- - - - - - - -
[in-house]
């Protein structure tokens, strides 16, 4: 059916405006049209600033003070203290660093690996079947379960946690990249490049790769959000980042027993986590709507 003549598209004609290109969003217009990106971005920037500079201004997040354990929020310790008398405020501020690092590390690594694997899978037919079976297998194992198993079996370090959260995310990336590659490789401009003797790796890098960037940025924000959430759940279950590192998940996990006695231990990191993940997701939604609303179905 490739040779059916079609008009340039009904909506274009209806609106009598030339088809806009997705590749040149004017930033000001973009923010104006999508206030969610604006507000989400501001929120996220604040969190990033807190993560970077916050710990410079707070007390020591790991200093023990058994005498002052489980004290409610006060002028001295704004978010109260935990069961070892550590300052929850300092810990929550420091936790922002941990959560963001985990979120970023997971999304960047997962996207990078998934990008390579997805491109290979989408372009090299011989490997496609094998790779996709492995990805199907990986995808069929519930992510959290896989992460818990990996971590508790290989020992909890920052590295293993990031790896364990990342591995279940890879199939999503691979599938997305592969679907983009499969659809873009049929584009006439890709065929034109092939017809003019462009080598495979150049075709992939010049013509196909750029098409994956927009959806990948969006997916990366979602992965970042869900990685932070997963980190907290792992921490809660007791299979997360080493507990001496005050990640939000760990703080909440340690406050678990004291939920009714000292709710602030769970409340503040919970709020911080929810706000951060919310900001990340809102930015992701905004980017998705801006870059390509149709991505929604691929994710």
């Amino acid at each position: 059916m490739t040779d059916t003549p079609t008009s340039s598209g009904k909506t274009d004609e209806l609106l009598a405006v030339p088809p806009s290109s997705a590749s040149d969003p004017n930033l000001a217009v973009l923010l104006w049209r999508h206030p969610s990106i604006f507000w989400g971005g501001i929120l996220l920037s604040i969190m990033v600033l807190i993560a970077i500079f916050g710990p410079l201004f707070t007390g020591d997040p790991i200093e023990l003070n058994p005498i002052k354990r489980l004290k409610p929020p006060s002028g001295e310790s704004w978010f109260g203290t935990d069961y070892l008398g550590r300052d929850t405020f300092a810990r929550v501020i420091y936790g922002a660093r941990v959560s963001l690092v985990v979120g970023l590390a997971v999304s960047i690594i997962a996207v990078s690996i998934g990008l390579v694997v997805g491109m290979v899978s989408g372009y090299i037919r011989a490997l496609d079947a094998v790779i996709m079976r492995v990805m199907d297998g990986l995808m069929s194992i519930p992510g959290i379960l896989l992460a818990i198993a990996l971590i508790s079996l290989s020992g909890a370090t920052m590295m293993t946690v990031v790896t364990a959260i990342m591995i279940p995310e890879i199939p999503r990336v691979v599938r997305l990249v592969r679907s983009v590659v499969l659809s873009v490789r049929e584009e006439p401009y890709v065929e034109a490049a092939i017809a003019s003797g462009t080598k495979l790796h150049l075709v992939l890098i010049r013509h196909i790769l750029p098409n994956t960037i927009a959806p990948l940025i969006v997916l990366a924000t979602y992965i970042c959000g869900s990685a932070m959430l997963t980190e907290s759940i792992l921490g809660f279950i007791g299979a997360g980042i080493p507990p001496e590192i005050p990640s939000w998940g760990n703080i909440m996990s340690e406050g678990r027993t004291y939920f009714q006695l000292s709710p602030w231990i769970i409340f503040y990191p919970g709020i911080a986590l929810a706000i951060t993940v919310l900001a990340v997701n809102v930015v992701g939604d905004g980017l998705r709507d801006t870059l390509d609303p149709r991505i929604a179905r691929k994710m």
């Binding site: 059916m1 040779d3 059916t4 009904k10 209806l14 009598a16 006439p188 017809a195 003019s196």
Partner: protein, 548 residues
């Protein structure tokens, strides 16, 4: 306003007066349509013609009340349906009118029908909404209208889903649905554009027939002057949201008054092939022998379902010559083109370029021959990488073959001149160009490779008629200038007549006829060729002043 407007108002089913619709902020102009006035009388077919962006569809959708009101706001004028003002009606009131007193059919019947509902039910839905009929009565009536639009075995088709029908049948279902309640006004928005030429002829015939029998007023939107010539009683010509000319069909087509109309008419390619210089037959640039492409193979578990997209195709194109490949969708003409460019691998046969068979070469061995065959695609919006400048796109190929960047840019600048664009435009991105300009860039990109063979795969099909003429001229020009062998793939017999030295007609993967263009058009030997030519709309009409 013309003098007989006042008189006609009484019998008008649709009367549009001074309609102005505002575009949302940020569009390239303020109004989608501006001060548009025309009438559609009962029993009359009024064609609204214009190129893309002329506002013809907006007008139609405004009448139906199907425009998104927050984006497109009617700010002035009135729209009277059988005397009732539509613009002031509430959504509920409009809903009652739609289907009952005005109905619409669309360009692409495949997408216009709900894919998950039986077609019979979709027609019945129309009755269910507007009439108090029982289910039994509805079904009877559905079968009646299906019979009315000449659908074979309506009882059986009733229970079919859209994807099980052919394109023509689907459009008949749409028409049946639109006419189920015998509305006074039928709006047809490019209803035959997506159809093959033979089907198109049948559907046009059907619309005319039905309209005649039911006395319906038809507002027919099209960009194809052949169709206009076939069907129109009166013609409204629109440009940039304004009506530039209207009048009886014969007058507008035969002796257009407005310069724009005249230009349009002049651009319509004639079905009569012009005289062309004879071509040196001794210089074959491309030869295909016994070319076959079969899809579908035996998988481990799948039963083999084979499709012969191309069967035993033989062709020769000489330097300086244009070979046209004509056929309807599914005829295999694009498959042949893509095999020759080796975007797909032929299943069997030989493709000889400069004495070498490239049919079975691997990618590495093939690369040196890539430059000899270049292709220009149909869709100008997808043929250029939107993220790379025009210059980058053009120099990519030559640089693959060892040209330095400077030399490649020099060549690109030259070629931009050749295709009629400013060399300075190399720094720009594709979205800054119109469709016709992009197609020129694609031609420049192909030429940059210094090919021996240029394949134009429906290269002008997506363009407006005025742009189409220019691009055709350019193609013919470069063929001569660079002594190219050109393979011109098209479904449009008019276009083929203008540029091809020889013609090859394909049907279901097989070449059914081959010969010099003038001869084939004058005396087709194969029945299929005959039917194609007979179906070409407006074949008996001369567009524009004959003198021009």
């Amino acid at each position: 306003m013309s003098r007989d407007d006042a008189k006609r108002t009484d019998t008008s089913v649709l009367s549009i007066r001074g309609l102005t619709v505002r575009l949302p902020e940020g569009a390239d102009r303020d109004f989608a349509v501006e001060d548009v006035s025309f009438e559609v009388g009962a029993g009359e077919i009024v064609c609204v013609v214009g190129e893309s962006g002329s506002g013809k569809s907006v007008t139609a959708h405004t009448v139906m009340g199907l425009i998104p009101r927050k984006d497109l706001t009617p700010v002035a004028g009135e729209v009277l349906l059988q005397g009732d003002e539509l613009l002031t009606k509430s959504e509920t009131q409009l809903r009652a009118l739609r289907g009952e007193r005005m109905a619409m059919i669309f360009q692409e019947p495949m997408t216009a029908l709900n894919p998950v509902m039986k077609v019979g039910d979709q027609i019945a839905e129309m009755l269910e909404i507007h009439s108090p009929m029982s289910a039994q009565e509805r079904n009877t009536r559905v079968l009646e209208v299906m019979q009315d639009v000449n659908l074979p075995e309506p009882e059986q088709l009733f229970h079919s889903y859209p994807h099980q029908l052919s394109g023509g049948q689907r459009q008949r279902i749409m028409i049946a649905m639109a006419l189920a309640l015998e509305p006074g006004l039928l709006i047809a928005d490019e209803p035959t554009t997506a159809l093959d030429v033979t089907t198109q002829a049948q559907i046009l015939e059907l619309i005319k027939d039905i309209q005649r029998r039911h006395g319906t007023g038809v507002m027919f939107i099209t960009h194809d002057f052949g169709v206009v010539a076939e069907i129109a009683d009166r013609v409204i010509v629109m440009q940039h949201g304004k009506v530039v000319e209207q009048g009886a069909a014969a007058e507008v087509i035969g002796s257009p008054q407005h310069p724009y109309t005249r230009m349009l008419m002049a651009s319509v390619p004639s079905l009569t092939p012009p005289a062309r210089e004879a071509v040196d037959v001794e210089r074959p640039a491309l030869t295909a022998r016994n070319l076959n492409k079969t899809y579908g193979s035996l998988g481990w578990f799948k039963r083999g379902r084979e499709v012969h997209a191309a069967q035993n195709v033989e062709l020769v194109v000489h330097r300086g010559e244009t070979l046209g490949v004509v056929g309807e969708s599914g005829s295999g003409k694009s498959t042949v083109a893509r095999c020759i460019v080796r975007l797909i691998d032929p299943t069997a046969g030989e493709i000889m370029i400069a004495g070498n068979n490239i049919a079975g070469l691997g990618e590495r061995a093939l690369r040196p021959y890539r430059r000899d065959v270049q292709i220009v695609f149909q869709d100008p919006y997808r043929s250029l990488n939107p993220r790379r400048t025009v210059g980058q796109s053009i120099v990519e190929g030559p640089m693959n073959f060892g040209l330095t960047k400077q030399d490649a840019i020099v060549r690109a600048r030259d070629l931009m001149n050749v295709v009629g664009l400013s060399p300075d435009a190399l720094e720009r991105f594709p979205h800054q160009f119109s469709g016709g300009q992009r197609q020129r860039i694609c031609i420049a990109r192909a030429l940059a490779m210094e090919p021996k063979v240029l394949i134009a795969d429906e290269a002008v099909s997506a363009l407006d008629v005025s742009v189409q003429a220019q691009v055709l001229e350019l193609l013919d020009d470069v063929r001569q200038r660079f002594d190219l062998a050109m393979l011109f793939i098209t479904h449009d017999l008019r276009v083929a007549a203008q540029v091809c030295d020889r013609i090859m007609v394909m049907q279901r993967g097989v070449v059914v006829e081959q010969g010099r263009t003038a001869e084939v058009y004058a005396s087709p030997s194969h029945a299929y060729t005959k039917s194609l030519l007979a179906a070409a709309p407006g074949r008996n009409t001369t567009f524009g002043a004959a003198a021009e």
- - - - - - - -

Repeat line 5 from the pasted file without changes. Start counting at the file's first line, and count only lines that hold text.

Partner: protein, 548 residues